Do freshmen get picked on?

College Experience

Our counselors answered:

Do freshmen get picked on?

Reecy Aresty
College Admissions/Financial Aid Expert & Author Payless For College, Inc.

Do freshmen get picked on?

Sure, just like in high school. Although some school actively frown upon it.

Nancy Milne
Owner Milne Collegiate Consulting

Do freshmen get picked on?

In this day and age of anti-bullying policies, I hope freshmen don't get picked on. Depending on the culture of the school, there may be "traditions"; but they should certainly be good natured and nothing negative. Often freshman are housed together, tend to stick together, so there really is no opportunity for being picked on.

Katie Parks
Former Admissions Counselor

Do freshmen get picked on?

College is definitely different than high school. There is no “Freshman Bang” week, where seniors beat up on the underclassmen in the hallway. There are no locker rooms (athletes aside) where it becomes very obvious who rules the school. Colleges for the most part, are going to be larger than your high school, and the trend of seniors being more popular than freshmen no longer applies. After all, many students take a non-traditional path and don’t graduate in four years, basically throwing the freshman, sophomore, junior, senior, structure out the window. And often, besides living in underclass residence halls, there’s usually no way to distinguish which students are freshmen, so even if upperclassmen wanted to pick on you, they’d have a tough time figuring out who you are. In the classroom, the year you are in school will have no effect on how you are graded or what groups you’re assigned. Your professors don’t care if you’re 18 or 80 taking their class, and will treat every student as equally qualified to be there and hold the same expectations for all students. However, you will get the occasional ribbing at parties, and joining student clubs or organizations as a freshman may mean you have to work your way up to a leadership position. You will also probably have last choice in seating for large sporting events and your assigned parking spot will likely be way on the other side of campus. Even at smaller schools, freshman may have restrictions on them that upperclassmen may not have, including having to live on campus but not being able to keep a car on campus with you. The biggest upperclass perk is often the choice to pick your roommate – a choice freshmen often don’t get to make. However, each school is different, and the school you’re interested in may not have any differences at all when it comes to freshman versus upperclass students. The best way to find this out is simply to ask during a campus tour or campus visit. It should also be noted that you will want to keep your head about you at parties, as some upperclassmen may want you to prove yourself by partaking in activities you may not be comfortable with just because you are a freshman(or new to the campus if you transfer). This, thankfully, is not the norm, but it is good to remember that you don’t have to stake your reputation on what happens at one party, so pass on any activity that makes you nervous. Whereas in high school, you saw the same students every day for four years, you have a lot more students at college, and while you will see some of the same students all the time, you often will have one class with a person and never see them again, or pass tons of random people in the student union who will have no idea how you spent your Friday night. Even at small liberal arts colleges, the sometimes clique-ish atmosphere of high school disappears, as college is a time where you can reinvent yourself time and again. Therefore, any teasing you might incur for not participating in some mindless prank won’t last long, and won’t parlay into the classroom the way it might have in high school. Being picked on just because you are a freshman may happen when you’re in college. But mostly people will not care whether you are a freshman or not. Plus it really should be the last thing to worry about as you have more important things to concern yourself with – like finding your way around campus, adapting your study skills to much harder classes, and trying to navigate living with a roommate for the first time in your life. And if you do find yourself being the brunt of freshman hazing or are having trouble finding a way to fit in as a new student, talk to your Resident Advisor or an Orientation Leader on campus who can help you navigate the transition into college life and address any of your concerns.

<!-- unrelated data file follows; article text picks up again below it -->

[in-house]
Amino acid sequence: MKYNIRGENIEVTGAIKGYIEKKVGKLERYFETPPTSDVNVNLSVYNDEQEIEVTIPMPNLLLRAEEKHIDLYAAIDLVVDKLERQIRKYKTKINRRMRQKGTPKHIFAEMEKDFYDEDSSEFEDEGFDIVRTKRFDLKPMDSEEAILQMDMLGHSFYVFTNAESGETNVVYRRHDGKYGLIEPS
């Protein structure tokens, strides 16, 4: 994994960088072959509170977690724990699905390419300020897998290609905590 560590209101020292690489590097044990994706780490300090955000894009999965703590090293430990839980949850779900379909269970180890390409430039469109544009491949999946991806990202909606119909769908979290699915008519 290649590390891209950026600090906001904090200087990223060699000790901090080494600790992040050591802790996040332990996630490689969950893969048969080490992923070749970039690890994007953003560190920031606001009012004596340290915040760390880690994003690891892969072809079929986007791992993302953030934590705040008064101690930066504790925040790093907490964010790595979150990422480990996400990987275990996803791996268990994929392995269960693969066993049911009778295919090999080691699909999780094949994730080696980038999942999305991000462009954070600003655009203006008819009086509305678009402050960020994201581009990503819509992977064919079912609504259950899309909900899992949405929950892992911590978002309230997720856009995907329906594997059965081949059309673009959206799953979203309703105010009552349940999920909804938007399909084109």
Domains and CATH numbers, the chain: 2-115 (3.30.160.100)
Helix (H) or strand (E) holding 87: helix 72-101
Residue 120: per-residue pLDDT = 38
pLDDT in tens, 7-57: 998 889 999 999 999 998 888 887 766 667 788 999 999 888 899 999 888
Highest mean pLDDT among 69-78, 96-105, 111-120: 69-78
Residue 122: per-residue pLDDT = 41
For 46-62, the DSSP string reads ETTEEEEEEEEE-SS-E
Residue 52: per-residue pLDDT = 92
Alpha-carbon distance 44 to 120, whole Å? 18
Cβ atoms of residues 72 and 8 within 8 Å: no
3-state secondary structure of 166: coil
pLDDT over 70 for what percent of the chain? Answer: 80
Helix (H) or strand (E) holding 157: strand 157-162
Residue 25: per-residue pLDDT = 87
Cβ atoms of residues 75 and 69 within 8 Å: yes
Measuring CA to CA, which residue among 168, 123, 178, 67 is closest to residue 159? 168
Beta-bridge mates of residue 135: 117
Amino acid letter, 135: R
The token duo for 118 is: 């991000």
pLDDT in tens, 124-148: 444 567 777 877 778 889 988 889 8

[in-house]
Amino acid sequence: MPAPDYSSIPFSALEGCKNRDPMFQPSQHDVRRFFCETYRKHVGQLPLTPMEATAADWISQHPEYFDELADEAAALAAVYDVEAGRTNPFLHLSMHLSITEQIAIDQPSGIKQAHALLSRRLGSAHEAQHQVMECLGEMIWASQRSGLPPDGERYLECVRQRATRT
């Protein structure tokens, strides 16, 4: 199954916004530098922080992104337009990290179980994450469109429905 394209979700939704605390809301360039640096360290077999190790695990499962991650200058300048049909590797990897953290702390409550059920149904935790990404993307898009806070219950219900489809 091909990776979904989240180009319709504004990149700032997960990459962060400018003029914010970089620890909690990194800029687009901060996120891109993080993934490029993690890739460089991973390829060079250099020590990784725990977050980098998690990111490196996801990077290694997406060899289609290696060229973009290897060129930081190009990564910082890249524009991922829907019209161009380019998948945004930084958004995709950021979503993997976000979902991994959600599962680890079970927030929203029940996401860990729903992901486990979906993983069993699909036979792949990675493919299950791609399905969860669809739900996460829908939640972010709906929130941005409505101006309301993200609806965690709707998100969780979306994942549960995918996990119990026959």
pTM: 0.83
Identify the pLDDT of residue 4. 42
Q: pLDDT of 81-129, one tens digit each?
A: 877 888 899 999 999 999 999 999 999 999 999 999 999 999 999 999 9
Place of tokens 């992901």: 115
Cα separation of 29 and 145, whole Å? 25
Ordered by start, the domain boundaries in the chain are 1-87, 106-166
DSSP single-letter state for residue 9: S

Jessica Brondo
Founder and CEO The Edge in College Prep

Do freshmen get picked on?

This will obviously vary from school to school, but not really is the best answer. There may be some teasing, and the obligatory 'aww they're so tiny' comments from upperclassmen, but unlike things like glasses, braces, or other factors that kids 'pick on' each other for, everyone at the school went through freshman year, so it's not like you are being singled out for some unique feature about you. Any teasing is likely to be light hearted, and if not, is probably not something the school would tolerate if it were aware of it. However, if you are considered joining Greek life, especially a fraternity, keep in mind that part of the initiation process often involves 'pledging,' which is a period of hazing that each potential brother must endure. In this case you will be picked on, but pledging is an entirely voluntary process, and so no student should worry about unwanted attention in that sense.